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Idaho’s Supreme Court Harms Efforts to Protect Idahoans’ Independence

Several leftist groups are using Idaho’s initiative process to achieve liberal reform. Initiatives allow citizens to make laws directly through the vote. Voters are presented with a question of public concern. If a majority supports an answer, it becomes law. Reclaim Idaho, supported with big money from Idaho’s hospitals, led a successful effort to expand Medicaid in 2018 through the initiative process. Reclaim also using the initiative process to seek a historic $300 million annual increase Idaho’s education spending.

Supporters of the Medicaid initiative outspent opponents $1.75 million to under $100,000 according to the Secretary of State’s Office. This is typical. Interest groups spend big money on initiatives, as study after study in states liberal and conservative show. Groups stand to gain great profits from successful initiatives, while each member of the public has a smaller and more difficult to define interest in stopping initiatives. Idaho Education Association will spend big on the initiative for increases in teacher pay. Voters are easily swayed by incomplete and misleading advertising especially when the sides are unequally funded.

But first these groups must get questions on the ballot. States recognize how special interests can hijack the initiative process, so they regulate access to the ballot to ensure initiatives have broad enough support to justify the public attention. An initiative can get on the ballot only if it collects a certain number of signatures, gathered in a certain way.

Conservatives in Idaho’s legislature have tried to protect the state from monied interests. Before 2020, Idaho law required 6% of voters in 18 districts—more than half of the legislative districts—to approve the measure before it could get on the ballot. 6% of voters statewide also had to sign. In 2020, legislators proposed SB 1110 that required signatures from 6% of eligible voters in all thirty-five legislative districts.

As the legislature deliberated on SB 1110, Attorney General Lawrence Wasden issued an advisory opinion to the legislature defending the law as permissible under Idaho’s Constitution.

The legislature passed the bill by wide margins. Gov. Little signed the law, but expressed concerns that it violated Idaho's Constitution. “In considering future legislation, I encourage the Idaho Legislature to ensure that rights are secured by the constitution remain accessible to the people while also securing that each initiative and referendum have an appropriate level of statewide support.” This sounds eerily like Brad Little’s actions around the recent Heartbeat Bill, where he signed the bill but expressed concerns that it violated Idaho’s Constitution.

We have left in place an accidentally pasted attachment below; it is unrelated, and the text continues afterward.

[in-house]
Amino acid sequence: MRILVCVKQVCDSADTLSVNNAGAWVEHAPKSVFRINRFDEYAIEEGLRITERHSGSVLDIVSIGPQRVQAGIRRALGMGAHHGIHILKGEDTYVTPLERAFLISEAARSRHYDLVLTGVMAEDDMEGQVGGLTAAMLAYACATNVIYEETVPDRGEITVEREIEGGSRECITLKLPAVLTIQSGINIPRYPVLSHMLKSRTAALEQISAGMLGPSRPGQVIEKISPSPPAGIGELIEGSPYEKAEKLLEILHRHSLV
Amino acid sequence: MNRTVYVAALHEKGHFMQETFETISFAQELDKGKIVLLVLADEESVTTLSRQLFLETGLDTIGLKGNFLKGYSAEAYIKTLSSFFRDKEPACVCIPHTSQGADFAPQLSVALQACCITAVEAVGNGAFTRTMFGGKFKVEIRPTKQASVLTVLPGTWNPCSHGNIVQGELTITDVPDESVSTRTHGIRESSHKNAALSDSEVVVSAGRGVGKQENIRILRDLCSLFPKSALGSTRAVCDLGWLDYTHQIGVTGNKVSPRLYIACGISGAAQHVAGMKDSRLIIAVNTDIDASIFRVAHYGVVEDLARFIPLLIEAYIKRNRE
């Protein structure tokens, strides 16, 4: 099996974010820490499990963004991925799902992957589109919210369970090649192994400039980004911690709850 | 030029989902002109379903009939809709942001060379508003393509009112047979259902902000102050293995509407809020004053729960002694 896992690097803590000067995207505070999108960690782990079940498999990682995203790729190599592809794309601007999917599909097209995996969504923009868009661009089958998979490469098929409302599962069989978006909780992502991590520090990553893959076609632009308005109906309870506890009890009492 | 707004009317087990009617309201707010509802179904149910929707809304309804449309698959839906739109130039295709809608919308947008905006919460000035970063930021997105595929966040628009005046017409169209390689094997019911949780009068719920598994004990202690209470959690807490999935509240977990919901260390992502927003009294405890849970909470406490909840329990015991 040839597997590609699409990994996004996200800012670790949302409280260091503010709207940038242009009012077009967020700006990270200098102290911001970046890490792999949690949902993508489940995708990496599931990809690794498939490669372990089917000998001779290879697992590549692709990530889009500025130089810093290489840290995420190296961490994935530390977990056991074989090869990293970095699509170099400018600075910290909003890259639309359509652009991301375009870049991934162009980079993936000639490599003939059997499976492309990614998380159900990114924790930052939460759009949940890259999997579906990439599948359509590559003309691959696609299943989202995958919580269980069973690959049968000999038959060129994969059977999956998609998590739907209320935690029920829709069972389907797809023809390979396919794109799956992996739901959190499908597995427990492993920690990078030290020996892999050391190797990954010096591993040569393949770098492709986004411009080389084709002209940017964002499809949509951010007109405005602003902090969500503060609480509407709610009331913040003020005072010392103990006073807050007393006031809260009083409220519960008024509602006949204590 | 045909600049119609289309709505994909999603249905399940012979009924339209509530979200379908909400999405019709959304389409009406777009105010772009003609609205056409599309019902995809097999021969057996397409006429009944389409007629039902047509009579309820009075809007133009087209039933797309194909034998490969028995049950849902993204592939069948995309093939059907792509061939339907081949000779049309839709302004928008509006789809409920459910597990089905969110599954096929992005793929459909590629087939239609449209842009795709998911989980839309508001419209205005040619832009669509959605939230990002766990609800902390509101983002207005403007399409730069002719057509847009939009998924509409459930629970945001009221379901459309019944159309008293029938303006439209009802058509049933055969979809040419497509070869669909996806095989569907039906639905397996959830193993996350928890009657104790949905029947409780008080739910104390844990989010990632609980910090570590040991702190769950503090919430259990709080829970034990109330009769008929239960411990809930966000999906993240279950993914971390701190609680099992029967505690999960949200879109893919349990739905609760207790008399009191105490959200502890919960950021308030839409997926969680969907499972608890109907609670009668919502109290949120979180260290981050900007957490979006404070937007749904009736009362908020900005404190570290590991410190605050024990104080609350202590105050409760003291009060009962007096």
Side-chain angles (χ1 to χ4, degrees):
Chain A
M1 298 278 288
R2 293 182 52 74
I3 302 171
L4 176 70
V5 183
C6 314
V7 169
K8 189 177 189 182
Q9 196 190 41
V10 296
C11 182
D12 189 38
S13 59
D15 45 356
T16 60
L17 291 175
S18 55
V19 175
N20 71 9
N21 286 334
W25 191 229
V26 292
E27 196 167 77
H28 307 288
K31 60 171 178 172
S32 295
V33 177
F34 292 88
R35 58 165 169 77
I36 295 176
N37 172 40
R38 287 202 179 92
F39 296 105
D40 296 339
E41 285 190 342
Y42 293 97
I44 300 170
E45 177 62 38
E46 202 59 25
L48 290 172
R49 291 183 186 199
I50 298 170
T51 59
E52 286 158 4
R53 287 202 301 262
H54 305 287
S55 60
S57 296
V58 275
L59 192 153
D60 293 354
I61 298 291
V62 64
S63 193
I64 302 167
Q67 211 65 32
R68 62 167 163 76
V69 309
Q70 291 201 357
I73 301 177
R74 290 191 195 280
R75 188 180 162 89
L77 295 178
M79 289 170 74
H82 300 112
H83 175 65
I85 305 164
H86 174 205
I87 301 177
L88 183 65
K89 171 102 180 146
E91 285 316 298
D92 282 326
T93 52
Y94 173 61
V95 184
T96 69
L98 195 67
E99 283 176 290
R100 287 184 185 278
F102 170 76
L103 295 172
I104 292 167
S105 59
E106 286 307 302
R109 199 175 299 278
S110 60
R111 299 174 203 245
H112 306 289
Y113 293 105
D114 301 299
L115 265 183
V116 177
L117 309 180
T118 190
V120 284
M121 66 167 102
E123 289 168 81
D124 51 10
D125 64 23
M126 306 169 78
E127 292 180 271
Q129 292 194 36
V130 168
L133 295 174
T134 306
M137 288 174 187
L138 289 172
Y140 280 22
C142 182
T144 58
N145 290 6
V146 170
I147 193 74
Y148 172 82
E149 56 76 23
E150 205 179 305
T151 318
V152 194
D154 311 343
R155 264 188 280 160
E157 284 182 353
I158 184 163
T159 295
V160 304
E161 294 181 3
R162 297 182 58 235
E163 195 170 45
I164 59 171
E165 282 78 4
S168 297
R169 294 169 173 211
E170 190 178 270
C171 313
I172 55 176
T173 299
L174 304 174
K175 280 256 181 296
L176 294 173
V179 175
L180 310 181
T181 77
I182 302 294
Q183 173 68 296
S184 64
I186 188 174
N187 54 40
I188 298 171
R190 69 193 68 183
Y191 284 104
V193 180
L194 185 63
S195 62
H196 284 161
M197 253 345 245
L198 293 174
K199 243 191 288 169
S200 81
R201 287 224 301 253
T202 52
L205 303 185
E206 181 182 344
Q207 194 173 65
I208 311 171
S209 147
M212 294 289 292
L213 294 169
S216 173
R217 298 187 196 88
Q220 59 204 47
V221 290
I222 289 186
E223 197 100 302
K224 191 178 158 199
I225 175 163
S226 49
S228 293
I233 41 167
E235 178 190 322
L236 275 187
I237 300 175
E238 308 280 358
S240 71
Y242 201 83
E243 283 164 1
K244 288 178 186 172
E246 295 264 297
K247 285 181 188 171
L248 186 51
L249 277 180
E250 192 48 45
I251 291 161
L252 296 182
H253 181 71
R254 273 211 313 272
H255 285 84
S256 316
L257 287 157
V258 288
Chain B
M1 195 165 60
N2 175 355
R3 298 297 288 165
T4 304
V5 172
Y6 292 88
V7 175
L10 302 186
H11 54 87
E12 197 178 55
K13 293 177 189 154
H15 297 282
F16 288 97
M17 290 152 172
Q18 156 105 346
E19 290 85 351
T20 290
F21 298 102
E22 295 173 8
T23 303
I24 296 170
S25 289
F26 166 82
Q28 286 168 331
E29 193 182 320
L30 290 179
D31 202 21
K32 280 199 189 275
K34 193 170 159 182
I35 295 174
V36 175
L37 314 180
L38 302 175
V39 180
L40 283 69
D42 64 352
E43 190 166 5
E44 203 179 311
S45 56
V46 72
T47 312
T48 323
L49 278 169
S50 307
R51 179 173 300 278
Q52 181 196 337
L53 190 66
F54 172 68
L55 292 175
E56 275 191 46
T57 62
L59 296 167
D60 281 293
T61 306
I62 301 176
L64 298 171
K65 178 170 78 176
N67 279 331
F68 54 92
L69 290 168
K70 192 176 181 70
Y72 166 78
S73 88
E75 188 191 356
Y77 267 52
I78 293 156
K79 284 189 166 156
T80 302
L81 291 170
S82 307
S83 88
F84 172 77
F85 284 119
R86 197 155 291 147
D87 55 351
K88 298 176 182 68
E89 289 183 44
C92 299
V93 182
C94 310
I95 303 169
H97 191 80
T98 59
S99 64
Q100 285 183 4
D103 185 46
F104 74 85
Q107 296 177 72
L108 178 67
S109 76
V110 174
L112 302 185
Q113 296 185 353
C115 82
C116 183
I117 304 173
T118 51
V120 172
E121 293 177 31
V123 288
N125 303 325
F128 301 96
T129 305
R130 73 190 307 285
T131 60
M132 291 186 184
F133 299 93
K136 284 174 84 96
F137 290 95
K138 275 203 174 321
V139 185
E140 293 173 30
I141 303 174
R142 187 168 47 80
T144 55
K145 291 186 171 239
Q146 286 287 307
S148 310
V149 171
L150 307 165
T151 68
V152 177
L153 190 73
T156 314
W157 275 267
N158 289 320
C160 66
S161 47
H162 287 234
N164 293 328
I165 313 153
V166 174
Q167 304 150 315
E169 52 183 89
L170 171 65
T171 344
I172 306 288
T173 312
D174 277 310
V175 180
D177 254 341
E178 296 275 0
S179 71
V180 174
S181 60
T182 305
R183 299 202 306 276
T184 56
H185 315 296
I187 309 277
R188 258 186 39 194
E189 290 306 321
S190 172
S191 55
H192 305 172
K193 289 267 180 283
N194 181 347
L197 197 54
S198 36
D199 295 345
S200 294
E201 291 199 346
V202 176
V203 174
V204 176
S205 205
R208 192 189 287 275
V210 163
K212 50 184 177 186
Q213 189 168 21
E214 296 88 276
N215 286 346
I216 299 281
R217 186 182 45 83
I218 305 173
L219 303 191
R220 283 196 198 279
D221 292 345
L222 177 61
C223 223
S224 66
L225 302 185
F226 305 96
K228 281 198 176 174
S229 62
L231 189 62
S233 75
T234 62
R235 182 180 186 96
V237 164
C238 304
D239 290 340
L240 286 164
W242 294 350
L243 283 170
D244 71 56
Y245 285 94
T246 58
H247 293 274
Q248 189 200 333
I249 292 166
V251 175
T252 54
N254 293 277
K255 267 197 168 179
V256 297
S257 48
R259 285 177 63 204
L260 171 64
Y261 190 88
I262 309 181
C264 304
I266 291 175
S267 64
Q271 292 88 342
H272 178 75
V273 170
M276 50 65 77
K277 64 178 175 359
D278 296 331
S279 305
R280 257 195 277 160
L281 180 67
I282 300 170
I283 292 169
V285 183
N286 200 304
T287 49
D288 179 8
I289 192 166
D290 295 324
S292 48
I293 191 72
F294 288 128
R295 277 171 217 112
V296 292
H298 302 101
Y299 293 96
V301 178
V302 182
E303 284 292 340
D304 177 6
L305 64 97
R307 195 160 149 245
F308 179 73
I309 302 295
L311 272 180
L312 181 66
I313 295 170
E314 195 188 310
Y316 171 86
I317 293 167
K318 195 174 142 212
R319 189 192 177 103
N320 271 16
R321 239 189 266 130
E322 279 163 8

The specter of Gov. Little signing laws that he believes unconstitutional is truly stunning. Watching Gov. Little sign such bills time after time and then watching the Supreme Court confirm his view makes it appear as if this is part of Idaho’s establishment playbook.

The initiative case went to Idaho’s Supreme Court. In Reclaim Idaho v. Denney, the Idaho Supreme Court sided with Reclaim Idaho against the Idaho legislature’s attempt to regulate the initiatives process. The Supreme Court declared access to initiatives a fundamental right and claimed that the Secretary of State (Denney) and the Legislature “failed to represent a compelling state interest for limiting” access to the ballot.

Reclaim Idaho would like to see the current limits on signatures erased or reduced, allowing for fewer signatures and in fewer locations or no locations. The Supreme Court’s very broad reasoning seems to leave little space any regulations.

Instead, Idaho’s legislature might consider taking another shot at reforming the initiative process. Many options are available. According to the Supreme Court, 18 legislative districts with 6% each and 6% statewide is, apparently, acceptable. All 35 legislative districts with 6% in each is, apparently, unacceptable.

The legislature should try to find a sweet spot between the two standards. Next session, it should try 5% in each legislative district or 6% in 23 or 24 legislative districts (roughly 2/3rds of the districts) with 6% statewide or some combination of the two.

Idaho’s legislature should act to ensure that all such initiatives have wide support throughout the state before it opens itself up to such big spending affairs, where oligarchs are more likely to have their way than the people of the state. Revisiting how Idaho’s Supreme Court is staffed may also be in order.

Idaho’s Supreme Court has made Idahoans even more vulnerable to laws shaped by special, monied interests.

Photo from Idaho Supreme Court Annual Report


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